She noted that the instruction was clear that departments had to meet. They had not done so, yet despite this, NT had gone ahead and taken a decision not to approve the rollover. She was sure that if departments had met prior to the approval date, the decision would have been different. She struggled to accept the explanation of NT. These kinds of decisions, on important programmes, needed to be taken after extensive engagements.
Ms Moore replied that savings opportunities were identified by NT, after engaging with the finance managers at the relevant departments, in relation to money that could not possibly be spent. The perception that NT was trying to be intrusive was not true. Instead, NT was looking for solutions to encourage spending on sanitation. The objectives of the DHS were the same as those of the Committee. It was also embarrassing for NT when money was allocated and not spent.
Ms Yengeni clarified that her question sought to establish the reasons why the departments had not met prior to NT taking the decision not to approve the rollover of the RHIG money.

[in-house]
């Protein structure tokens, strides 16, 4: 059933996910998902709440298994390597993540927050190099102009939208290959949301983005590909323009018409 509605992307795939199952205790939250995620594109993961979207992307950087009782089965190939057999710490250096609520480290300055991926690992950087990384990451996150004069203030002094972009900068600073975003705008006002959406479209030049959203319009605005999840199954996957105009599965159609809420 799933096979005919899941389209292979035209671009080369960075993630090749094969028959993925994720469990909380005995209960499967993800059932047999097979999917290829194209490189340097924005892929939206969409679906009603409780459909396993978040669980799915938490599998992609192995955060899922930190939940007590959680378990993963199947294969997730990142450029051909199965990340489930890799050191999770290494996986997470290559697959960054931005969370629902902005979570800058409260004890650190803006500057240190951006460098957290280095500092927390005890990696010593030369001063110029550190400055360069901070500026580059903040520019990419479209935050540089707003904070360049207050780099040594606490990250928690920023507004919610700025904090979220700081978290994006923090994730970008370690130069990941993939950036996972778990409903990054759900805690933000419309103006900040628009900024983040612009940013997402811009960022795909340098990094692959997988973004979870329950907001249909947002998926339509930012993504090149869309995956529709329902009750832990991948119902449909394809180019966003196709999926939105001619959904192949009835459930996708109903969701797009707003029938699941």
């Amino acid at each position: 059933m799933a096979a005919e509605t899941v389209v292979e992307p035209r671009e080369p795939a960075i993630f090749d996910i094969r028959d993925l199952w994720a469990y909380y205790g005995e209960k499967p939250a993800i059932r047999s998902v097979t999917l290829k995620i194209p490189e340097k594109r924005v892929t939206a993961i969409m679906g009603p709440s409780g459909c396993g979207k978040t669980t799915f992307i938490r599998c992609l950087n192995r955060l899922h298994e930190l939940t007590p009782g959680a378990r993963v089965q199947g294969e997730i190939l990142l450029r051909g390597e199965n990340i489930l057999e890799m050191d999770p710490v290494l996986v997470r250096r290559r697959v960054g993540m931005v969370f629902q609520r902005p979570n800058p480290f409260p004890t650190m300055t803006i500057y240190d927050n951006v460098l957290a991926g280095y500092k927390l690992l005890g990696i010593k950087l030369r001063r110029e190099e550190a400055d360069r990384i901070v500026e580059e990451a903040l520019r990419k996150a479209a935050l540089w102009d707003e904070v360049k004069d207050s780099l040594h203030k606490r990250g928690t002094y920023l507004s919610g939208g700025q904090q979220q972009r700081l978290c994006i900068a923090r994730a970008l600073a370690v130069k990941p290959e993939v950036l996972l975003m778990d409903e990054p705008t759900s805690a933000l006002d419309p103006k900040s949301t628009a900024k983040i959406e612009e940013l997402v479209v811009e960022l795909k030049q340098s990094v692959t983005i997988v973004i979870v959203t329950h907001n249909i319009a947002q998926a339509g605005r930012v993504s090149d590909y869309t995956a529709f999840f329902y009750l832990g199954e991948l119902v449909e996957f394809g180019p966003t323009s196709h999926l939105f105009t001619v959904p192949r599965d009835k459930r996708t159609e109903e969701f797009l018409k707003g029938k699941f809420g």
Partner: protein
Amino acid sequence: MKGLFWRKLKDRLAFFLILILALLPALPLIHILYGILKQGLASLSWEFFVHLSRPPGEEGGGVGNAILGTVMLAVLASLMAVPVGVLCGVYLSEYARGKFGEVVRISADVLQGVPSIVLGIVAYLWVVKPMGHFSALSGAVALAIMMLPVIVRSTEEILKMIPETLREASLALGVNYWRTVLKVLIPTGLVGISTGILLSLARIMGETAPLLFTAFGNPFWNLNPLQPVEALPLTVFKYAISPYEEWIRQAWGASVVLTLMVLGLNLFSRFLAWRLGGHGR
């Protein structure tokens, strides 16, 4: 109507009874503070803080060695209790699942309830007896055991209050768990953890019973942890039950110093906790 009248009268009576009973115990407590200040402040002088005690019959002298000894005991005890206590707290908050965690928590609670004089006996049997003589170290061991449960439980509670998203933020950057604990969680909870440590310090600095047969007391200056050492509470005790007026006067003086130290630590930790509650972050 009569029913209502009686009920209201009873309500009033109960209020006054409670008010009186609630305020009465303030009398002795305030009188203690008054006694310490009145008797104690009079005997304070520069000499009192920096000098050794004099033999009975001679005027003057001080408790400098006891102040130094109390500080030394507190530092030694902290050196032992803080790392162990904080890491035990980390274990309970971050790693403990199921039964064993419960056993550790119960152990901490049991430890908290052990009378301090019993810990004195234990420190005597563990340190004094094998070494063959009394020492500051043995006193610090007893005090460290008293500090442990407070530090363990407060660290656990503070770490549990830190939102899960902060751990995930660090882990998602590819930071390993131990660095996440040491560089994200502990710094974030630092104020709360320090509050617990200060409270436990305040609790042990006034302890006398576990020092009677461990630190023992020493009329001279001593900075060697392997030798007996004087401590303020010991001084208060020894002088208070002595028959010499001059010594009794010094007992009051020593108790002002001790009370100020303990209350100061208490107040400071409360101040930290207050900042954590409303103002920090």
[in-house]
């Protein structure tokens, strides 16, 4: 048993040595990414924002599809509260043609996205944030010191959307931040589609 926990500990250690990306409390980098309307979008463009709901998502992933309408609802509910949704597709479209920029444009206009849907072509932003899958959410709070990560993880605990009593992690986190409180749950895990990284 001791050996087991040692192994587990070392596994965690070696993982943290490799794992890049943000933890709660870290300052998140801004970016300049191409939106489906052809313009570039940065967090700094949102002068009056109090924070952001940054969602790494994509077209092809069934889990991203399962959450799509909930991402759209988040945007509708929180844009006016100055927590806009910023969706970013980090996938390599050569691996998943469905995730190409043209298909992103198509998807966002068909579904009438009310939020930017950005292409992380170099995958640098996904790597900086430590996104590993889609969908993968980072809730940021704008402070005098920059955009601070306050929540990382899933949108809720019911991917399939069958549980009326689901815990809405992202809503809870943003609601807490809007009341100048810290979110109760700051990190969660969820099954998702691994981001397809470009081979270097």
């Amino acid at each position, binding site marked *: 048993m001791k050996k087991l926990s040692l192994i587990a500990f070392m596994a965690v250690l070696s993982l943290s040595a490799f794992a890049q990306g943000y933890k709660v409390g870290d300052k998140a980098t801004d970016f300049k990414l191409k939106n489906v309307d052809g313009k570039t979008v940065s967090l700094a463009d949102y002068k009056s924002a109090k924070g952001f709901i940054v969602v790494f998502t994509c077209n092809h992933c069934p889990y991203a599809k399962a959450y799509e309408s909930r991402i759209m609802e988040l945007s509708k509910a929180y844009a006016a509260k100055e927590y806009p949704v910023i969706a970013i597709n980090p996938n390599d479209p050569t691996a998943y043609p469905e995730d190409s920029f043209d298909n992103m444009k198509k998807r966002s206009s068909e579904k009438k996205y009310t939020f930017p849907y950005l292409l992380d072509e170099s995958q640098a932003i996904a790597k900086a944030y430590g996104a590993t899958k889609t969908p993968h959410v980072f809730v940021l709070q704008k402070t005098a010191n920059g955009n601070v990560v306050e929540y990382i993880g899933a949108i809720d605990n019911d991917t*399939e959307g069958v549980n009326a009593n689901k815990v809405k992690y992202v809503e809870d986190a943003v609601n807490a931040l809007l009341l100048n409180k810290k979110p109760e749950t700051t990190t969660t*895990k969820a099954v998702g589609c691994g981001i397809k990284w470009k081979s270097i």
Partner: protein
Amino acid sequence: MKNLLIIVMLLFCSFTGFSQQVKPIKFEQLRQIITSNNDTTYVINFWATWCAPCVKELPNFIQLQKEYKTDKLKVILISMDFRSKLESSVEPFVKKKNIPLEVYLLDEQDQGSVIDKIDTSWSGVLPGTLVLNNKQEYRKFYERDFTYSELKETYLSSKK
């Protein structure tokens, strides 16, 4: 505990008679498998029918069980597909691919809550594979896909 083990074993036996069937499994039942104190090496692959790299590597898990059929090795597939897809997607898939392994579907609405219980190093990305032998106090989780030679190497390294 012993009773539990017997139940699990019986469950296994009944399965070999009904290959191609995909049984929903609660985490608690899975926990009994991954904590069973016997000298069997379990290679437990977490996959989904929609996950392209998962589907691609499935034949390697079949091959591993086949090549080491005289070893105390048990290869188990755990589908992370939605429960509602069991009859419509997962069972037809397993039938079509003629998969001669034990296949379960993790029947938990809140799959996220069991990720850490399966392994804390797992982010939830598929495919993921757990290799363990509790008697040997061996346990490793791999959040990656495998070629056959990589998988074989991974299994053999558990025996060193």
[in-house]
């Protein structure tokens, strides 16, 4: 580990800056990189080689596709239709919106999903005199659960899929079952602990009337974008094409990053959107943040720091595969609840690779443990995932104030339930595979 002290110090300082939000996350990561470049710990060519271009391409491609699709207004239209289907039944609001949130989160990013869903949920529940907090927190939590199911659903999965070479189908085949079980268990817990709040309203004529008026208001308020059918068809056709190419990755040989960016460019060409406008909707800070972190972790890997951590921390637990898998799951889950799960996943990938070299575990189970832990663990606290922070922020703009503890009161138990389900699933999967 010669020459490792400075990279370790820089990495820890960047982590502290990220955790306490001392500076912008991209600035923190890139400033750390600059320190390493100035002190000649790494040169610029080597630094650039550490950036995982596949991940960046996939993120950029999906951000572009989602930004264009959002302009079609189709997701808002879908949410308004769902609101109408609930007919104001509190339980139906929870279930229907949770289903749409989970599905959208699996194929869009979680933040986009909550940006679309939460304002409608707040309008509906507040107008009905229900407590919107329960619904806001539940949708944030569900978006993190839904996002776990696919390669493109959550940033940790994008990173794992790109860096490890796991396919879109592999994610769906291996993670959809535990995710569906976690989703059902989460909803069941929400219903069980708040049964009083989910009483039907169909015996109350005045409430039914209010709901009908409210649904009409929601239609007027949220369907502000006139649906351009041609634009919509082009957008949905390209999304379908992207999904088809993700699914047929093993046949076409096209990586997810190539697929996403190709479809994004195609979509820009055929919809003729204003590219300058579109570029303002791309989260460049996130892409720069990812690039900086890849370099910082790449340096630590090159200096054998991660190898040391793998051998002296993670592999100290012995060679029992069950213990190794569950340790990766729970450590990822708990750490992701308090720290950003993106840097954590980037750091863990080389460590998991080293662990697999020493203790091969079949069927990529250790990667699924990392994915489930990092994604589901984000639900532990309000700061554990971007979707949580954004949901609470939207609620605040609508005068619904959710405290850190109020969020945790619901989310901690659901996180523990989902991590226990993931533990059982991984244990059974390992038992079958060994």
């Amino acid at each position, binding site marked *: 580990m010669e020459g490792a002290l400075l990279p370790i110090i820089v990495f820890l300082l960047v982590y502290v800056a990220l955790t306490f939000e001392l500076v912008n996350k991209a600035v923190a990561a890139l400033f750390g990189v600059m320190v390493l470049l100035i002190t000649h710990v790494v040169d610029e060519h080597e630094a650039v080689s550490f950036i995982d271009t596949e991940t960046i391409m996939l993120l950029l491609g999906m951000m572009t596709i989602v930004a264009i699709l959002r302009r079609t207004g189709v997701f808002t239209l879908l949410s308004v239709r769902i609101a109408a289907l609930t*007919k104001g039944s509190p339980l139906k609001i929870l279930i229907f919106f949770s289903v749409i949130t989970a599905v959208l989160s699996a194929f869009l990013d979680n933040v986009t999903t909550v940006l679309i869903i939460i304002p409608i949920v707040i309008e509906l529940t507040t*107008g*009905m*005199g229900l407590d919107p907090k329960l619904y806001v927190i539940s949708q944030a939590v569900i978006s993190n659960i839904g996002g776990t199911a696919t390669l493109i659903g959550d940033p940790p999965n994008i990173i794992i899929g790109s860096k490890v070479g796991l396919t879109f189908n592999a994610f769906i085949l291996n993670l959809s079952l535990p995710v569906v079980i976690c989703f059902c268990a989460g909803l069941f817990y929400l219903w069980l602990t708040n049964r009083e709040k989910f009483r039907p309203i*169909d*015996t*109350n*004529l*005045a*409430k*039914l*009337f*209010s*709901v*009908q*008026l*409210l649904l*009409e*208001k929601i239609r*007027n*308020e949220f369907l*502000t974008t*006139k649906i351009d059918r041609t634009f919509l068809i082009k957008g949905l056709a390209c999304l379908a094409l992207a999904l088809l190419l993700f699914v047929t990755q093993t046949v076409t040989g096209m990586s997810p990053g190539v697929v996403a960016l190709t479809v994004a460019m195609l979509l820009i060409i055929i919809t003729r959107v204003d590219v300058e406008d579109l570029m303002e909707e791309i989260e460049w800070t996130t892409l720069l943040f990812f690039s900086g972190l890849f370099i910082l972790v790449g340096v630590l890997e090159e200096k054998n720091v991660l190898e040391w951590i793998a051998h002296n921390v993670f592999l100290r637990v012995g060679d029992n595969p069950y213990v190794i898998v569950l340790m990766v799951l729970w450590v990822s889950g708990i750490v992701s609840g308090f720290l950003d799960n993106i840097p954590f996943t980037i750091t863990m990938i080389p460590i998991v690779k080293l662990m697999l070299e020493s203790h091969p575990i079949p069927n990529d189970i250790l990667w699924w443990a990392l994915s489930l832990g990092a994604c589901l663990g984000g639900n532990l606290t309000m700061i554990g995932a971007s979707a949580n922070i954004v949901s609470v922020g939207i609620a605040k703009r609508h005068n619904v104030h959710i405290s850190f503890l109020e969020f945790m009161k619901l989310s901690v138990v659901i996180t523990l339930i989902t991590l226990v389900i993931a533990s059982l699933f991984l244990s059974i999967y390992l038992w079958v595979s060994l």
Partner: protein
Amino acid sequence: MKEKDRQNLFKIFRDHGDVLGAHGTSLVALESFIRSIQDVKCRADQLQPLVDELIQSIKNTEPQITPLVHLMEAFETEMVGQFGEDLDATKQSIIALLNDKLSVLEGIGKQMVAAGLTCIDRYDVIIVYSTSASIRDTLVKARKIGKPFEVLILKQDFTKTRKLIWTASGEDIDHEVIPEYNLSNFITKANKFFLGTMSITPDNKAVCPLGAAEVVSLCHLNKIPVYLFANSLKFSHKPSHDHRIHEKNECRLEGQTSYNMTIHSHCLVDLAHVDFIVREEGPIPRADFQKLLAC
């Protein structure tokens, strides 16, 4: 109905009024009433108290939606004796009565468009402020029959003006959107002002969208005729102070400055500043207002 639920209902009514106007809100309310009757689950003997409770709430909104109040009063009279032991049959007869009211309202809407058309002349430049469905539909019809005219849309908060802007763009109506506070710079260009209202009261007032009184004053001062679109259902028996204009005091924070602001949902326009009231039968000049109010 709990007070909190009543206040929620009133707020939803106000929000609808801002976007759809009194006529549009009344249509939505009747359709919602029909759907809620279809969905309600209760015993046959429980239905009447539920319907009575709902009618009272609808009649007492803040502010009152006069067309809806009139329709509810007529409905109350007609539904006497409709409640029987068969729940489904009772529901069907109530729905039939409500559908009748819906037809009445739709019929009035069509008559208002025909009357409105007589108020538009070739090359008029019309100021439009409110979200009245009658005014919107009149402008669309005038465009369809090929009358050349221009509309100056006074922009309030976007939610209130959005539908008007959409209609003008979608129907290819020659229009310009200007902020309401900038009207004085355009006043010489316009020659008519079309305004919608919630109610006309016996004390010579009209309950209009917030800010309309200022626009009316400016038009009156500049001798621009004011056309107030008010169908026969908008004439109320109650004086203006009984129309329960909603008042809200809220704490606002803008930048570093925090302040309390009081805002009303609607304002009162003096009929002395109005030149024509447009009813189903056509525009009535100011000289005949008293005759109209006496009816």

Ms Moore replied that NT had attempted to meet with DHS three times on the matter, in the last five months, in line with the Committee’s requests. Sadly, there was no response to all the requests, and nobody had ever turned up to engage in the meeting, at the proposed venues.
Mr Zulu replied it was incorrect to say that the DHS had been included in the decision making process prior to the money being withdrawn. An evaluation was done by NT, who then informed DHS of its decision. The DHS said it would re-work its plans, and it had done that, based on NT’s evaluation on the under spending. Evaluation of spending was a continuous challenge for departments, and it was an accounting principle to take back funds after a certain period of time if expenditure did not occur. This was not a consultative process.
He said he had had serious problems when the matter was brought to his attention. DHS had a plan as to how it could rigorously put programmes in place, on the ground, to deal with the backlogs in sanitation. The Department now had to re-plan the programmes, based on the reduced grant it received, in the current financial year.